By Anna Weber
My return to my hometown was an emotional blur: familiar faces and places and foods, questions, answers, hugs, kisses. I forced myself to smile, tried not to bristle against that impossible question,”“How was Belgium?”
This was the beginning of a spiral into reverse culture shock that would last me a year. Like my own period of culture shock in Belgium, I’ve come to realize in hindsight that it lasted much longer and was much more severe than the reverse shock of my other friends and peers who had similar experiences. I let it paralyze me. I didn’t see, at the time, that coming home was another opportunity to which one must be open and must adapt, and I lacked the desire and the courage to do so.
Lessons Learned from Experiencing Reverse Culture Shock
Here are some lessons I learned from my first experience with reverse culture shock. The biggest difference? Finding the balance between maintaining what you’ve acquired abroad and between integrating yourself once more into American culture.
Going back to using English was both refreshing and disappointing. Speaking and hearing French constantly was something I began to miss upon landing. English felt flat, dull, every day, easy in comparison. And I missed the French and Belgian expressions and words that simply don’t have proper equivalents in English. I was, in short, encountering a communication barrier similar to the one that had confronted me during my first month in Belgium. It would have been a good time, too, to start practicing my written French more, to read more in French in my free time, to listen to French radio and to watch French television and movies. Additionally, because my language learning muscles were already toned, it would have been an opportune moment to go back to Spanish or to pick up a new language.
Food, too, was an unforeseen element of my reverse culture shock, and for two reasons. One: I picked up on differences between typical American and Belgian cuisine and food habits, which I hadn’t even noticed during my exchange. In the United States, it isn’t quite as simple to find a standard Liège waffle, to find authentic Belgian frites, or to get the sensation of eating a whole meal when you’re drinking a beer.
Two: food in Belgium is less a basic human necessity and more a way to bring people together. Coming back to America and diving back into the habit of eating quickly and eating alone was disconcerting. If you have the means, start cooking the dishes you miss most for yourself. Don’t if you didn’t cook much while abroad — look up the recipes on cooking sites and blogs native to that country. Furthermore, if you’re like me and you’re coming from a culture that eats a certain meal of the day in a noticeably different way, invite your friends to share an imitation of that mealtime habit together.
The most difficult part of coming home was finding a place for myself both in my old hometown and at my new university. The person I was to my family and friends before wasn’t the same person who came back 10 months later. And I wanted to tell everyone I knew all the details of how my incredible experience had turned my life on its head. I realized later that I was setting myself apart and making it harder for my peers to relate to me, and I to them. I began to automatically assume that no one was interested, and consequently, that everyone was less fascinating than the people I had encountered abroad. Huge mistake.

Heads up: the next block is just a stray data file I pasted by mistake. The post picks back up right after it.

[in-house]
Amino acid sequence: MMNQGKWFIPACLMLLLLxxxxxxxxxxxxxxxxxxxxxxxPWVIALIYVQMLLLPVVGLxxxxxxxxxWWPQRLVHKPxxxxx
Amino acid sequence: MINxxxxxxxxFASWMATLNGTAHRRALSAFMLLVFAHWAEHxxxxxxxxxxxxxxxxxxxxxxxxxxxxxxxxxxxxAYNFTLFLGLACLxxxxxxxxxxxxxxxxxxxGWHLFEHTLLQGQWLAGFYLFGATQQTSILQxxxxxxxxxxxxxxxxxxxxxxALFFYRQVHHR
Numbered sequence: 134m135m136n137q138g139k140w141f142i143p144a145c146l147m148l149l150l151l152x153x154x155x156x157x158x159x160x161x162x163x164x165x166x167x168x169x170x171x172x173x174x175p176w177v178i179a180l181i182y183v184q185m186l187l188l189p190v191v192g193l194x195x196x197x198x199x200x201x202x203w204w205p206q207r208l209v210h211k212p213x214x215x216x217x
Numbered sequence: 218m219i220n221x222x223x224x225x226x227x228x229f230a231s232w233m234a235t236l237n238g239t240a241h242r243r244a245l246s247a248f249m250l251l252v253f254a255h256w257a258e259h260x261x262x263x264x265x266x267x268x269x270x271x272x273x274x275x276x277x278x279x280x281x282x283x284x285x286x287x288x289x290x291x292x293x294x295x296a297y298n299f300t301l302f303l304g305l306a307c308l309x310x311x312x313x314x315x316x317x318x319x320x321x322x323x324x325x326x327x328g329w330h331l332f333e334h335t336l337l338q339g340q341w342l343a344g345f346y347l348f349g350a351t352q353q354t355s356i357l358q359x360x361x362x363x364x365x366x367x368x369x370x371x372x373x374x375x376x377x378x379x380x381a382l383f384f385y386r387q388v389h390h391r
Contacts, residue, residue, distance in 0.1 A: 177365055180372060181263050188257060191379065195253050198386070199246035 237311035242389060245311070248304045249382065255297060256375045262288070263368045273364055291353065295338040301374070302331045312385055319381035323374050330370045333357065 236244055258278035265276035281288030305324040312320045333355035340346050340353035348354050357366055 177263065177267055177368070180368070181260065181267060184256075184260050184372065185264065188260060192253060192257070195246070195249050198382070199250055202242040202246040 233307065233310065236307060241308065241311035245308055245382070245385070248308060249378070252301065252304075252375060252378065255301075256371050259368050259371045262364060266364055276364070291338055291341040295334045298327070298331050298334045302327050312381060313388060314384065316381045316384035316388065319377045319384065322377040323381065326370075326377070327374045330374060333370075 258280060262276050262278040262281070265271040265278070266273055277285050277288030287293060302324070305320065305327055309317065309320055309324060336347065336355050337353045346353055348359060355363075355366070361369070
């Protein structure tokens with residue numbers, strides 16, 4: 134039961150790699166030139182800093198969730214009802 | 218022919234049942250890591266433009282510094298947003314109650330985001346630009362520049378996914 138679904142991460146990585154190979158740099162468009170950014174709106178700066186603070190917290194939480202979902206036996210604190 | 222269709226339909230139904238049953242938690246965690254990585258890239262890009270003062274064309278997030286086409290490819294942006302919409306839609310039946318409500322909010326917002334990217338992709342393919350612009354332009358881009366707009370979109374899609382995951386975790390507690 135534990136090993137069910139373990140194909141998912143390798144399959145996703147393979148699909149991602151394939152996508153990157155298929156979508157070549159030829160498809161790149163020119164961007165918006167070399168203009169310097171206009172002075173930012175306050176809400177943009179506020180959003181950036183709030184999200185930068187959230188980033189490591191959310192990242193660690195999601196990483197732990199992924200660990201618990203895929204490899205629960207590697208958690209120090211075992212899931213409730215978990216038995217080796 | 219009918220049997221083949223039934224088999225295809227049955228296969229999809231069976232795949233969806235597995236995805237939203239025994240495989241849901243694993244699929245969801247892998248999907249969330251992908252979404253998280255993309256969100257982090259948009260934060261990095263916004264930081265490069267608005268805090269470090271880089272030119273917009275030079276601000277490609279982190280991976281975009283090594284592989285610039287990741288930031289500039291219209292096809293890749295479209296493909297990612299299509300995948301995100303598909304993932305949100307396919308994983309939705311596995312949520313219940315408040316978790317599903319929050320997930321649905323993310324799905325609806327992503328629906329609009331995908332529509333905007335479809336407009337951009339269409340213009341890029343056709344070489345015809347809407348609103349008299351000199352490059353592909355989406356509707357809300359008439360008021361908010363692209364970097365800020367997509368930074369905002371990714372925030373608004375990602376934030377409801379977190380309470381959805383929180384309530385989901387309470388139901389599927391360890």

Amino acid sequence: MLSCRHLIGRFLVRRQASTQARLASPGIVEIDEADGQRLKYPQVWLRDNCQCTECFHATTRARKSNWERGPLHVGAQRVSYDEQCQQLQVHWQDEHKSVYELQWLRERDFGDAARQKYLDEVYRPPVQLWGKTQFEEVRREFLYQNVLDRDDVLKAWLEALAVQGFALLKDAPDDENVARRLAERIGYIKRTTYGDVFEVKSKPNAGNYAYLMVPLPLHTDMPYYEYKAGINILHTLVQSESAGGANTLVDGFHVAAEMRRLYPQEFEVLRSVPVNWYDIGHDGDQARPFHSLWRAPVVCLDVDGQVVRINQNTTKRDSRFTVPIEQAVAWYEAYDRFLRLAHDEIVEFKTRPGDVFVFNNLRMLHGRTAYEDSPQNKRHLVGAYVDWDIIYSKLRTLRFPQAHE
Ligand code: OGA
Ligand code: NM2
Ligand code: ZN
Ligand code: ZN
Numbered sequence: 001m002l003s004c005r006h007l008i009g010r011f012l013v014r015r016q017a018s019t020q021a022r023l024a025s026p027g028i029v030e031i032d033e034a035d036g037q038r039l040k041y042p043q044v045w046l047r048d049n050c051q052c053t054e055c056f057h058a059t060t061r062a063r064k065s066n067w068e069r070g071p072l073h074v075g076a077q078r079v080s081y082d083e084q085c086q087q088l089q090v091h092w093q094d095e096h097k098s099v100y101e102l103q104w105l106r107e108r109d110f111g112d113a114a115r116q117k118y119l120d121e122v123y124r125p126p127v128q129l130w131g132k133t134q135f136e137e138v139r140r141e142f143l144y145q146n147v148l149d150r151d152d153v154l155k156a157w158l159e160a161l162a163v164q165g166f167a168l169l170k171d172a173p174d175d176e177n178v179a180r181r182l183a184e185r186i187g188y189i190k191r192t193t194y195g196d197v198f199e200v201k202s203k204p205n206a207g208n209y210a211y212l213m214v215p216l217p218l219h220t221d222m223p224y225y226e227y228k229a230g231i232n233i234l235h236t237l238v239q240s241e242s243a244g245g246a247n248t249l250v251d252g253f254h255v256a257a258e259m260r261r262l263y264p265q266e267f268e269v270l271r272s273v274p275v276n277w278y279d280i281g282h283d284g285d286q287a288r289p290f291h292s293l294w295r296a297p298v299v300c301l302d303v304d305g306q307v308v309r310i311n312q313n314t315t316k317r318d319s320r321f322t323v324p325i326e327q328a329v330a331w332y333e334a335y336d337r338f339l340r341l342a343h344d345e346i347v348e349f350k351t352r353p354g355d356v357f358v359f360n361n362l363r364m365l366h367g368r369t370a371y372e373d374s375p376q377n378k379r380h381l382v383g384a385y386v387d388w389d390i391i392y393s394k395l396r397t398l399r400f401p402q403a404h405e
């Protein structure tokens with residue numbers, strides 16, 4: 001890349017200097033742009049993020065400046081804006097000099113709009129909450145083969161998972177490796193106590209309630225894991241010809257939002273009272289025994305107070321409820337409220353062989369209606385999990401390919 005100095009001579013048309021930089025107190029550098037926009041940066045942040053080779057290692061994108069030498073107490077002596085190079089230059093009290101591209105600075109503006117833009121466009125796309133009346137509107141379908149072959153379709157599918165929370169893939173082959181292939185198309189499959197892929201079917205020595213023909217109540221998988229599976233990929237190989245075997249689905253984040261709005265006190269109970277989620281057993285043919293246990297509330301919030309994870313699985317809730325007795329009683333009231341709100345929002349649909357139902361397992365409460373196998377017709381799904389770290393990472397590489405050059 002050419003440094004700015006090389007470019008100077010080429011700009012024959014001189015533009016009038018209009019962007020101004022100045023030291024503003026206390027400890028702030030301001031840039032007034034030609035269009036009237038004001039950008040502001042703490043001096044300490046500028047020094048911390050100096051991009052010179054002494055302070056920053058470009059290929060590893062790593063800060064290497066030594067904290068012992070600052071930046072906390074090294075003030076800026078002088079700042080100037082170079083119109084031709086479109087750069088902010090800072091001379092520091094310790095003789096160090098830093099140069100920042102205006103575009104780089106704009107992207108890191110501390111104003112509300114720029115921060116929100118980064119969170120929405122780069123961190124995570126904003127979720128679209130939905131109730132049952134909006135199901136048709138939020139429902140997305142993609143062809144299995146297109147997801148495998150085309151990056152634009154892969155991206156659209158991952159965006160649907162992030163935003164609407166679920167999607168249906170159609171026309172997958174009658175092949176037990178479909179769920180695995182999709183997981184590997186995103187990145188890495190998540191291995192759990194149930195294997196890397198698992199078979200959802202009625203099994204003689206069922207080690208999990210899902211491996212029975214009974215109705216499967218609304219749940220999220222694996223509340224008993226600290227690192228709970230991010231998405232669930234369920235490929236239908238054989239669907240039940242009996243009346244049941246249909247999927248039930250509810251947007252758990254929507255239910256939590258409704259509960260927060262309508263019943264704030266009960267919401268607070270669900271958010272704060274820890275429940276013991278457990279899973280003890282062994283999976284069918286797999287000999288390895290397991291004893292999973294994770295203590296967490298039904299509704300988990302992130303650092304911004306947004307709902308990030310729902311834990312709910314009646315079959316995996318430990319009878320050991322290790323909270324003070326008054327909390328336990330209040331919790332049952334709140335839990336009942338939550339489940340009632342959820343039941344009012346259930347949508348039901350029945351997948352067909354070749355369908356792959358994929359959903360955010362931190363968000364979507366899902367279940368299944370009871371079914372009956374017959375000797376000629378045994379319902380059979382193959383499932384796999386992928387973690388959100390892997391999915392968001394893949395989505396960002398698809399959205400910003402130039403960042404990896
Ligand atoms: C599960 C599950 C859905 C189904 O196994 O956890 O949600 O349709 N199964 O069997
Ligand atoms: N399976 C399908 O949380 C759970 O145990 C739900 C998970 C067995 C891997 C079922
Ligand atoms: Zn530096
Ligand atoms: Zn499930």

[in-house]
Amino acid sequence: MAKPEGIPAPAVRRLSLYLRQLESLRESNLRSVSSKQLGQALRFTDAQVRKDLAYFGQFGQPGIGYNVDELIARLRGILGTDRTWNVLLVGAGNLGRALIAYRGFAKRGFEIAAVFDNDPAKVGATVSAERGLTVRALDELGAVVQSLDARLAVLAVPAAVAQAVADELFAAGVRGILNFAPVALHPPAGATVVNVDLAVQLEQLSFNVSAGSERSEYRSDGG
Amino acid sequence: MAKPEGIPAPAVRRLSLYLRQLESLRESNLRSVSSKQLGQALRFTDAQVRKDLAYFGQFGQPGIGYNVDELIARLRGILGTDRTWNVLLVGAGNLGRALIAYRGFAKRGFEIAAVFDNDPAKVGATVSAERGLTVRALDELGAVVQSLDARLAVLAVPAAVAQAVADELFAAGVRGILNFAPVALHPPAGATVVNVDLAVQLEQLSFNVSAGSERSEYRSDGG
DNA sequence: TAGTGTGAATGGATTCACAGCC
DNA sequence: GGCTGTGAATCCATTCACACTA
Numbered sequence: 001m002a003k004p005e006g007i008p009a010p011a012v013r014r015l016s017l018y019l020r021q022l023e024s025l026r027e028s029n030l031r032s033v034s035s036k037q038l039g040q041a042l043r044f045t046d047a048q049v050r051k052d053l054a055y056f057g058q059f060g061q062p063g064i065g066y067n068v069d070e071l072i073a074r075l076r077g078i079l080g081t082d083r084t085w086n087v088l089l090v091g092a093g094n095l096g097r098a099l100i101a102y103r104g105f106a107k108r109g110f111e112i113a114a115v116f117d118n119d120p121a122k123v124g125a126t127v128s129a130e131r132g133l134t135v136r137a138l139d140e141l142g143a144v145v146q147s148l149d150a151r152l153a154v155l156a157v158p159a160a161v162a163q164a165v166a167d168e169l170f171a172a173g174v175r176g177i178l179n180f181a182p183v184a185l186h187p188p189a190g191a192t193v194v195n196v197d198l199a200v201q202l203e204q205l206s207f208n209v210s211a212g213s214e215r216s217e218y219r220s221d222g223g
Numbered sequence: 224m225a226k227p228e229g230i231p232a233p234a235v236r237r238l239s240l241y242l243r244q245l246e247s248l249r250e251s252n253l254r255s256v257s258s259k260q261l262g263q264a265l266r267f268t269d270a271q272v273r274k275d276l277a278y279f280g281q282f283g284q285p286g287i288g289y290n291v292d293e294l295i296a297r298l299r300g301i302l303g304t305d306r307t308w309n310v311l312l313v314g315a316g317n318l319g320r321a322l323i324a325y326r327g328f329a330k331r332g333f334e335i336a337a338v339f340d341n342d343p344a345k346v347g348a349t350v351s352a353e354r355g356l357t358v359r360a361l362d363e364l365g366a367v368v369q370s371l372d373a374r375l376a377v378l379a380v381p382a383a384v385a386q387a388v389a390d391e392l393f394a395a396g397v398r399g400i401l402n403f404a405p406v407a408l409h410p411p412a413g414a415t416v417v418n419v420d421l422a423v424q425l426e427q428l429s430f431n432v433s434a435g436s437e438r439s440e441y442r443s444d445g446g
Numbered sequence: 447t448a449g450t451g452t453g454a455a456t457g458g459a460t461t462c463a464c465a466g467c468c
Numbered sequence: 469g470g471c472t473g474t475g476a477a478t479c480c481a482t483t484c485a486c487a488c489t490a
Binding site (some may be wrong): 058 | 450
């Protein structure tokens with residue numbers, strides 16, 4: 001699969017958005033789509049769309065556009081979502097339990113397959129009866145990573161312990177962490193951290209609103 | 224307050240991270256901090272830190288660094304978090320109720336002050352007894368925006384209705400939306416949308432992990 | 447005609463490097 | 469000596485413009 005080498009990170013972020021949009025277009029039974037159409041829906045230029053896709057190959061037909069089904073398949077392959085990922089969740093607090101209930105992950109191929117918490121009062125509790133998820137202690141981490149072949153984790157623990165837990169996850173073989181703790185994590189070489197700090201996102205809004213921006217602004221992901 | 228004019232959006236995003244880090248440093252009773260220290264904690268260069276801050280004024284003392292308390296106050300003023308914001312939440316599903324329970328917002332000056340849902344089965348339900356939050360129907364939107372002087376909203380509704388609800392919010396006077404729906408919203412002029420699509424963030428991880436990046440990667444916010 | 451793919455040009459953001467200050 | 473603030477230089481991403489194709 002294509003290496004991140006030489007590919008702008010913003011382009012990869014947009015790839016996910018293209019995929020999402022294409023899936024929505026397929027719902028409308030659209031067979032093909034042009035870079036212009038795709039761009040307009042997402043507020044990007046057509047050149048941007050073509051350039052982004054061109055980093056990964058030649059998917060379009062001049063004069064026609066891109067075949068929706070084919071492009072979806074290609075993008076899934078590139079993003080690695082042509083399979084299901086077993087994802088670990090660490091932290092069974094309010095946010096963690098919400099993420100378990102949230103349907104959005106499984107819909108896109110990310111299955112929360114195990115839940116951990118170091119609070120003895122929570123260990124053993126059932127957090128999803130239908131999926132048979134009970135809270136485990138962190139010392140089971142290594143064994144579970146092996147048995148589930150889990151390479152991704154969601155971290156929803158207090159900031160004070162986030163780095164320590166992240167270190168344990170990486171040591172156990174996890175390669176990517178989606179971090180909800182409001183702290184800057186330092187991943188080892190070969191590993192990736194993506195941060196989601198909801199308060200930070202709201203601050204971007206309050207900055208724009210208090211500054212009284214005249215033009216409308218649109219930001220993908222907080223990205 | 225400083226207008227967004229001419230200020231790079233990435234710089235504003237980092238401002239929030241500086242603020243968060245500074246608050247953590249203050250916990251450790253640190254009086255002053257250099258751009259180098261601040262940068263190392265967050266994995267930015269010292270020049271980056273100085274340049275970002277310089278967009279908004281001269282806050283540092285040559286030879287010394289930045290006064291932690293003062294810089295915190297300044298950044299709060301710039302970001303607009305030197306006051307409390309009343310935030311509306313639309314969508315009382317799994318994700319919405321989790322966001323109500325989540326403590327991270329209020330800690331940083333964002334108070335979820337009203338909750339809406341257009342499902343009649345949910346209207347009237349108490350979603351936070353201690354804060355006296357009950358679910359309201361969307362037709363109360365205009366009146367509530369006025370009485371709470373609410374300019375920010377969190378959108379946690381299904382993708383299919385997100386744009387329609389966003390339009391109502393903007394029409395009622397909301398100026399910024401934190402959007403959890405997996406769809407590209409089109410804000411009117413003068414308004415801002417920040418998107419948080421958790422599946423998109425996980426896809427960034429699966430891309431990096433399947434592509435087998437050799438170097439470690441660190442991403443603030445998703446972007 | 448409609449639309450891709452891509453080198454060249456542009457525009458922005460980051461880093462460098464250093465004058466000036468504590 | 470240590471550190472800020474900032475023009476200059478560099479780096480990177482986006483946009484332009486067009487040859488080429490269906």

We’re inherently curious and social beings — we are all, on some level, intrigued by what we don’t know, and we all have our own intricate backgrounds. Don’t assume Americans have less to teach you simply because they’re a part of your native culture. I find myself now with a group of friends at the University of Vermont who, while never having voyaged much themselves, understand completely this Belgian part of my identity without my ever having to explain it fully. If you’re feeling hopelessly alone when you come back from studying abroad, as I did, don’t panic. You’re not. Keep in touch with your new friends on the other side of the world as much as possible, but don’t let it limit you from making a life for yourself back stateside.
You assume everything will go back to normal when you are back. Just because we grow up unaware of the influence of culture upon us doesn’t mean that it isn’t there.
No matter how long you study abroad, be it two months to a year or more, it’ll take you a moment to get used to the money, the language, the transportation, your classes, and so much more. The most important thing to know, to start, is that it is an exact mirroring of culture shock. All the same discomforts with language, food, customs, etc. are there.
When you learn how to mesh different ways of life into your personal habits, views, and methods of approaching the world, then you can go anywhere.
Anna Weber ’14 is an English and French major at the University of Vermont. She studied at Université Libre de Bruxelles during her junior year. She will teach English in secondary schools in the Académie de Reims next year as part of the Teaching Assistant Program in France.